Gambling Act 2005
Gambling and lotteries
You will need a licence if you want to provide facilities for gambling or the use of a premises for gambling. The three types of gambling licensable are:
- participating in a lottery
This means playing a game of chance for a prize.
This means making or accepting a bet on:
- the outcome of a race, competition or other event or process
- the likelihood of anything happening or not happening
- whether anything is or is not true
Participating in a lottery
This includes raffles, tombolas and sweepstakes. Lotteries can't be run for commercial gain and are where:
- people have to pay to take part
- prizes are allocated to participants
- the prizes are either allocated wholly by chance or by a series of processes where the first of those processes relies wholly on chance
The Gambling Commission website provides useful guides around fundraising and staying within the law. This includes information about fundraising that my be exempt and those lotteries that may need to be registered with the gambling commission, or small society lotteries that should be registered with the local authority. Please consider this information before making your application for a small society lottery licence
A small society lottery application must be submitted to the local authority where the head office of the society is located.
If you hold a local authority small society lottery licence, you are required to submit a return form declaration within 3 months of each fundraising event.
The Gambling Commission
The Gambling Commission is the national gambling regulator. They are responsible for issuing:
- personal licences
- operating licences
- statutory guidance
- codes of practice
They also monitor compliance, investigate illegal gambling and have prosecution powers.
You can find out more about the gambling commission and whether you will need a personal or operating licence on their website.
The licensing objectives
The three objectives of the Gambling Act are:
- to prevent gambling from being a source of crime or disorder, being associated with crime or disorder or being used to support crime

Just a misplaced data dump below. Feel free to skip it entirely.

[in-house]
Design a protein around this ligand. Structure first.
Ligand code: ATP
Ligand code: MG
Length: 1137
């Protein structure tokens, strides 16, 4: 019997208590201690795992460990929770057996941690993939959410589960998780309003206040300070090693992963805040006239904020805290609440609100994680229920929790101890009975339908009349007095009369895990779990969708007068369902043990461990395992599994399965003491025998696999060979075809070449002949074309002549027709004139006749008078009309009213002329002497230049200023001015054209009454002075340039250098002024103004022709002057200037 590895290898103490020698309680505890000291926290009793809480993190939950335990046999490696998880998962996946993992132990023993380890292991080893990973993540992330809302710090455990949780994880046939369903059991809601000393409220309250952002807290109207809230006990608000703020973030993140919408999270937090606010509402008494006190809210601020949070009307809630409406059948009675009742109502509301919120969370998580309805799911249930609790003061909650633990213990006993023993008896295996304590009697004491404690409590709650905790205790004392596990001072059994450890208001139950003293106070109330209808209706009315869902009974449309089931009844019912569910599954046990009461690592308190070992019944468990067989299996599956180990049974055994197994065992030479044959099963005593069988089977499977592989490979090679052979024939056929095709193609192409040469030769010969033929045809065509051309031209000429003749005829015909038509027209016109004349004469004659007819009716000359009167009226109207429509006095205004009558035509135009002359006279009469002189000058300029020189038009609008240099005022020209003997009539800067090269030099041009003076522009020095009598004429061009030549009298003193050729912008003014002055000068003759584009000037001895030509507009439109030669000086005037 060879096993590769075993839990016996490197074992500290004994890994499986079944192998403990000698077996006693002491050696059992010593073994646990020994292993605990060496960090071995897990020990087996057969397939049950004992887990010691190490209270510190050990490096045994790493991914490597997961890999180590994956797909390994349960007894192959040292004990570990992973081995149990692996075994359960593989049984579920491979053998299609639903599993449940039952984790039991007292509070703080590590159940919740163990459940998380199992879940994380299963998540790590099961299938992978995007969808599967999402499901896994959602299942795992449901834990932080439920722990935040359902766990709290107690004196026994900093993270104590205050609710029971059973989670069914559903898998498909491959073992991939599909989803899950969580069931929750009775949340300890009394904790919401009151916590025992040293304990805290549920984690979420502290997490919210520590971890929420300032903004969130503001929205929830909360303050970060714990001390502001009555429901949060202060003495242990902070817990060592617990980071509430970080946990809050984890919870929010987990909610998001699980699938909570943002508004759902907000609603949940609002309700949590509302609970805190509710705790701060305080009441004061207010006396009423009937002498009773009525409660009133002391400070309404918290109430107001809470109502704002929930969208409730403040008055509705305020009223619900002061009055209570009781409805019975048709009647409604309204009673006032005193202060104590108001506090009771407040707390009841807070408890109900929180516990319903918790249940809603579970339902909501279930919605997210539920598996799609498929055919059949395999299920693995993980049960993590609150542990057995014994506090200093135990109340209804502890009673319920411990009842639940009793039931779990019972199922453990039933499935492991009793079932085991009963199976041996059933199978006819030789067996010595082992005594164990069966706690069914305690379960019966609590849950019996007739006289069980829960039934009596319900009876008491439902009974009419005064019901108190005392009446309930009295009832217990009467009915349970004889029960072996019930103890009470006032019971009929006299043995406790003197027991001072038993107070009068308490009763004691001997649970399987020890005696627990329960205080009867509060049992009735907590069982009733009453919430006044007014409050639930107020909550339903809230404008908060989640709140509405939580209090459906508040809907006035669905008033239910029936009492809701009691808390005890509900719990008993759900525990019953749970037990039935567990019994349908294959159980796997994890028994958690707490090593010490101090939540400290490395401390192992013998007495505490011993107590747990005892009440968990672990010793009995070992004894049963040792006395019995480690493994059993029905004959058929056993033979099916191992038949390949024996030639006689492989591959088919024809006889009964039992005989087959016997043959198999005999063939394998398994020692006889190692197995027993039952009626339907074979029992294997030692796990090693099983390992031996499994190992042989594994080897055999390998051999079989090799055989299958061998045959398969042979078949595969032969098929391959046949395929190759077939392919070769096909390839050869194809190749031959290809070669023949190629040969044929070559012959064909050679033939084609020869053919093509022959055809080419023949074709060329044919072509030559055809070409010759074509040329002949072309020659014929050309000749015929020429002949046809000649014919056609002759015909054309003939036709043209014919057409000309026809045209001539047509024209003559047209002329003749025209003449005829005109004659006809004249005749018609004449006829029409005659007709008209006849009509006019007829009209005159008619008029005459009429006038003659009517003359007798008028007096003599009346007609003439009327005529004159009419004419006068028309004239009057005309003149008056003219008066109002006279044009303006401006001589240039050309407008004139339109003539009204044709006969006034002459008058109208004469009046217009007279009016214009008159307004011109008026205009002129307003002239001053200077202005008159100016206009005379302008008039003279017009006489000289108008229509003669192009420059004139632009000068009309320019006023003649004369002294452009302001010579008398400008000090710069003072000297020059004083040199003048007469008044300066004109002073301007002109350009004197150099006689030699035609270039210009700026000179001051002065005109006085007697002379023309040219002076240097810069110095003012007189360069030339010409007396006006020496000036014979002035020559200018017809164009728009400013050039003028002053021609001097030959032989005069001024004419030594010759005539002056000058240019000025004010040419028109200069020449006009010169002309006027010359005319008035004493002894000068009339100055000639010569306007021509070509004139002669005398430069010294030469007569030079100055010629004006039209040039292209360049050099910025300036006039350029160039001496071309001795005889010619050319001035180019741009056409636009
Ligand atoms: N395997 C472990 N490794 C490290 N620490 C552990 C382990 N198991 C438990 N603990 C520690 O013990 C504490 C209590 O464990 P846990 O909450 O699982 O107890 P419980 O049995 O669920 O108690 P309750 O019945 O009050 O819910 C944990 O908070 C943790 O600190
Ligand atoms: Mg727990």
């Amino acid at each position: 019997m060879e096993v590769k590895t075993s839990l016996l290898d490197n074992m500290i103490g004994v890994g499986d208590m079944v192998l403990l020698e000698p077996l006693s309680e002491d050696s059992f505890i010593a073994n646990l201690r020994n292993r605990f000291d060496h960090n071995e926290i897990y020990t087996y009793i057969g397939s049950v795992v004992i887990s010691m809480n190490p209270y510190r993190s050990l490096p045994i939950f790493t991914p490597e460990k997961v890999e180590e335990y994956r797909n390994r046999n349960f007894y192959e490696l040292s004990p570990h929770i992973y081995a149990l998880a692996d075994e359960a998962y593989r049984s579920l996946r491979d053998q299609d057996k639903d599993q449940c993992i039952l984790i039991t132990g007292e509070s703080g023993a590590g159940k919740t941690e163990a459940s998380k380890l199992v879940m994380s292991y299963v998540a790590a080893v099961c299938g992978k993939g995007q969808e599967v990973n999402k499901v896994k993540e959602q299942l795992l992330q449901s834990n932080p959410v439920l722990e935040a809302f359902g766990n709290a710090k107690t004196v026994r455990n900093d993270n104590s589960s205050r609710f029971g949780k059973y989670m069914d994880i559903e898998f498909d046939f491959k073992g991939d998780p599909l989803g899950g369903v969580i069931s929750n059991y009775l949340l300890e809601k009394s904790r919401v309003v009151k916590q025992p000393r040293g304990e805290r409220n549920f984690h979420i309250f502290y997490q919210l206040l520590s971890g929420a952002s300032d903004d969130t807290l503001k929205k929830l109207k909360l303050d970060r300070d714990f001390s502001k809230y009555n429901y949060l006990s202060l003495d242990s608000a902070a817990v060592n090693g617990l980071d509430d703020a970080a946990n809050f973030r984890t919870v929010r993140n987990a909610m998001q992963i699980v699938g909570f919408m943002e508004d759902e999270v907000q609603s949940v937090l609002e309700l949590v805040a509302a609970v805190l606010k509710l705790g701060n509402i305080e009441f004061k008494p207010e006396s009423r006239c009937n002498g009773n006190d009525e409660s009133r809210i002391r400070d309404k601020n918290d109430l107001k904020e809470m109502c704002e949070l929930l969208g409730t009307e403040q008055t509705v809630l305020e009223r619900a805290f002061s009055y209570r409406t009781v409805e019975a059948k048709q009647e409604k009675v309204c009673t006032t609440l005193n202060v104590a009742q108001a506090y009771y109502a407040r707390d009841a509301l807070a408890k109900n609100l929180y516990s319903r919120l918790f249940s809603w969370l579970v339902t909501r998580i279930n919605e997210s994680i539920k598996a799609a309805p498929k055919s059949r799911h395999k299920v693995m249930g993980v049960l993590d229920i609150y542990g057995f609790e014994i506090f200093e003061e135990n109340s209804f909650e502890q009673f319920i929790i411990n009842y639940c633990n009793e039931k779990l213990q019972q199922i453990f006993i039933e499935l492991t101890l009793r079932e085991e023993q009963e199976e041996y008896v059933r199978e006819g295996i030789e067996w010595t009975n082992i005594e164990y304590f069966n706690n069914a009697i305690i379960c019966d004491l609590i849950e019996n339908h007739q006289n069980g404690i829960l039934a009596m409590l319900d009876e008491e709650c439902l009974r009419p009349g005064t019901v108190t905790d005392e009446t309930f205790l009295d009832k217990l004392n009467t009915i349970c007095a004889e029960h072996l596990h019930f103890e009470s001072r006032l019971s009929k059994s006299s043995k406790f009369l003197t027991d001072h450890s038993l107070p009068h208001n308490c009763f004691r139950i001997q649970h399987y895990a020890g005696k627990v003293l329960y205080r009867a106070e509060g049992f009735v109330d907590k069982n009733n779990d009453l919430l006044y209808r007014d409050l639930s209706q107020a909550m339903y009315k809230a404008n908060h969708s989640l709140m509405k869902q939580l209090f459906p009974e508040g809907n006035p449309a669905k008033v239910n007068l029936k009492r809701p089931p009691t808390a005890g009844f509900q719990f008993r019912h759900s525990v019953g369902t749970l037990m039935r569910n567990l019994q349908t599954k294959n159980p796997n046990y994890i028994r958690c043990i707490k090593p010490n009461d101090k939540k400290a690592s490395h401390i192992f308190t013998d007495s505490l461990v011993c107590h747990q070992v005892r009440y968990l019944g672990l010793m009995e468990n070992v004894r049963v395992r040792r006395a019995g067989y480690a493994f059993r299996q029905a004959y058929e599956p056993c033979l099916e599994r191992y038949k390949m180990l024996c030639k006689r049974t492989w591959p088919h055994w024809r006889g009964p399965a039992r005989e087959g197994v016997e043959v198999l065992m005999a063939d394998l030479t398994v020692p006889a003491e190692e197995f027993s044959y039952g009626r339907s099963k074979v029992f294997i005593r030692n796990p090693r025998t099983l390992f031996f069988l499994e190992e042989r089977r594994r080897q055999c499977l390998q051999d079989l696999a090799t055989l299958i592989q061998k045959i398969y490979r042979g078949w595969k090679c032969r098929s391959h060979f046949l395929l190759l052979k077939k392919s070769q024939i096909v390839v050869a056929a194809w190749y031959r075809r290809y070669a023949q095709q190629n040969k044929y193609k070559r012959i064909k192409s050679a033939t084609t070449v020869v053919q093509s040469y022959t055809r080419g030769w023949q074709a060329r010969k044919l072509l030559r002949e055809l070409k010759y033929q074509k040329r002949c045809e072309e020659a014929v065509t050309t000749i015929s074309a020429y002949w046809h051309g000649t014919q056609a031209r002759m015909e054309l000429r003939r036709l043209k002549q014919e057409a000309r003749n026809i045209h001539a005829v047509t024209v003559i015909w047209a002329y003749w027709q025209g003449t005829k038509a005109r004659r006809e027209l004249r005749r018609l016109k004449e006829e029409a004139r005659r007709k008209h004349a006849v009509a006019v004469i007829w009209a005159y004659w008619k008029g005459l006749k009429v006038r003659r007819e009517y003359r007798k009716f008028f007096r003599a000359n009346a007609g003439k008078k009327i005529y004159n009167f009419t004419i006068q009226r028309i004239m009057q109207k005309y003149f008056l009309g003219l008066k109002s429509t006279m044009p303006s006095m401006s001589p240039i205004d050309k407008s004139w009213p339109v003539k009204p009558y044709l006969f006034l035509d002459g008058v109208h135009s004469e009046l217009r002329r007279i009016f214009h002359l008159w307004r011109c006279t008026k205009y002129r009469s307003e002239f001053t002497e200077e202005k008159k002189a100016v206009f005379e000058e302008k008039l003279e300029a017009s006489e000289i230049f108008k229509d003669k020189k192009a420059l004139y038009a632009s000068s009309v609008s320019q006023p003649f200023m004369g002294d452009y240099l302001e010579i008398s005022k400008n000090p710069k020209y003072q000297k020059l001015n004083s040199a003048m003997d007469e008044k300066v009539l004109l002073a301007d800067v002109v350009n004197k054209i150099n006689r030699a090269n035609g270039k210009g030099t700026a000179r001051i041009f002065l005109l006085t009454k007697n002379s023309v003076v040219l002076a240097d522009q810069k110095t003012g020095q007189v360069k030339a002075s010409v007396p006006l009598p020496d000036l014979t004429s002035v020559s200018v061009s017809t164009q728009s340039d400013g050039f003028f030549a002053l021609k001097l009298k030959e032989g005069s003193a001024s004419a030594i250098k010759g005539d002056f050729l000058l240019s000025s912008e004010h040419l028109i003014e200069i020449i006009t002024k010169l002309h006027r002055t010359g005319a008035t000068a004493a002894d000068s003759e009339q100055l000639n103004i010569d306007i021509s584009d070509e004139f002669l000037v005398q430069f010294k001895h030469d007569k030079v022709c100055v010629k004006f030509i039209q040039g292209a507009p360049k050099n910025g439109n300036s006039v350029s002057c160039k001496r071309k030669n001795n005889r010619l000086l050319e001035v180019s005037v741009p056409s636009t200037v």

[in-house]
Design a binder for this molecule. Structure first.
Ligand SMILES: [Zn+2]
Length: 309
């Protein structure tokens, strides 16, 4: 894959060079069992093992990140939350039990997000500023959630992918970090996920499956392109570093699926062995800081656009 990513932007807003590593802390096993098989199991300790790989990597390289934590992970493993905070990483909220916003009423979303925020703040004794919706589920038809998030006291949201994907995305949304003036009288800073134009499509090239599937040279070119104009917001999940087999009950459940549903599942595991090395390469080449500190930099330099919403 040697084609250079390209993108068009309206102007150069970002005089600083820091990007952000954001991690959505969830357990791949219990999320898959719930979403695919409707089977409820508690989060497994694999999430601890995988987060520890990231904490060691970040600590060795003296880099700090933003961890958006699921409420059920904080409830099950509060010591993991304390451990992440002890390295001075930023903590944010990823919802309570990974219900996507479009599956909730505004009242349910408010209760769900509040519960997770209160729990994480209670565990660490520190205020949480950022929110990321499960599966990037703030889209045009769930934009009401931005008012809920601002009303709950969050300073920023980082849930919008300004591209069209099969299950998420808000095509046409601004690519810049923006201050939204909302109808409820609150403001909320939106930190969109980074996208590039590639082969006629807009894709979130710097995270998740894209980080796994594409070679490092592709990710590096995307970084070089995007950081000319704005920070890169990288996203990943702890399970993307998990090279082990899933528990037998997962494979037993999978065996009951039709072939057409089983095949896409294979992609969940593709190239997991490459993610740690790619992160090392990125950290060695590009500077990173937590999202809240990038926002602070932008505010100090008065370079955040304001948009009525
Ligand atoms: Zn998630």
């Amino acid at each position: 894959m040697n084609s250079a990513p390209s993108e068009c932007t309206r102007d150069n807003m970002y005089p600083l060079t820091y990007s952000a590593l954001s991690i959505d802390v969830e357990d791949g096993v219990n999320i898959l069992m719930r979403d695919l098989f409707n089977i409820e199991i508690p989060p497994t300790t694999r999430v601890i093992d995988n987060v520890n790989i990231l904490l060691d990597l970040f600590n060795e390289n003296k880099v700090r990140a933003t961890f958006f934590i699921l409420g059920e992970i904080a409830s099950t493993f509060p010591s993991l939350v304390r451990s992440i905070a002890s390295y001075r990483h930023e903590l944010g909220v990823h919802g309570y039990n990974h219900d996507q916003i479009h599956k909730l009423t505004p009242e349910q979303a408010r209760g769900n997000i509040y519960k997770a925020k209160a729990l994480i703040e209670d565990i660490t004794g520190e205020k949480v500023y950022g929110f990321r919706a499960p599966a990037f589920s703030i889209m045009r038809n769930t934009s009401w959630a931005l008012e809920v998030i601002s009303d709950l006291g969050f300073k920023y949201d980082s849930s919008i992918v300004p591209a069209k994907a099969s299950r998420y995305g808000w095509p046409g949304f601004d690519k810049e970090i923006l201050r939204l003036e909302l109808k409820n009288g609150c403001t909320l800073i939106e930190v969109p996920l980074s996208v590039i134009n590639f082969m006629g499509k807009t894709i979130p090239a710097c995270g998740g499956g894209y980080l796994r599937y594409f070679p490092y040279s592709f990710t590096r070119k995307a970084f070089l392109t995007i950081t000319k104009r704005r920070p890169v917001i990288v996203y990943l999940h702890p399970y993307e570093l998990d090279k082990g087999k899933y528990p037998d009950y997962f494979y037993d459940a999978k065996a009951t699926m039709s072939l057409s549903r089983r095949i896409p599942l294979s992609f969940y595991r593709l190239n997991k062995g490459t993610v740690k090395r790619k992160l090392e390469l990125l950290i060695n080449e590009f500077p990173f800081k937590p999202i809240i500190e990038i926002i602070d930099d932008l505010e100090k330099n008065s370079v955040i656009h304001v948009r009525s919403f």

- to make sure gambling is conducted in a fair and open way
- to protect children and other vulnerable persons from being harmed or exploited by gambling
We are not able to become involved in the moral issues relating to gambling and must aim to allow the use of premises for gambling as long as we think it:
- meets any relevant codes of practice
- meets any relevant guidance issued by the gambling commission
- is reasonably consistent with the licensing objectives; and
- is in accordance with our statement of licensing policy
Our responsibilities and the licences we issue
We are responsible for issuing:
Premises licences for:
- betting offices
- race tracks
- bingo clubs
- adult gaming centres
- family entertainment centres
- gaming machines in members clubs
- gaming machine permits for alcohol licensed premises
- gaming machine permits for unlicensed family entertainment centres
- prize gaming
We are also responsible for administering:
- temporary use notices for the temporary use of a premises for gambling, and
- occasional use notices to allow temporary betting on a track
and registering small society lotteries (under £20,000 ticket sales)
You can see the fees we charge for each type of application.
Gambling statement of licensing policy
If you are going to apply for a licence, notice or permit you'll need to read our statement of licensing policy first.
Following review and consultation of our policy statement we are now publishing our notice of intention for a revised statement of licensing policy that comes into effect on the 29 March 2019
See details of existing gambling licences and a list of current applications on our licensing public register.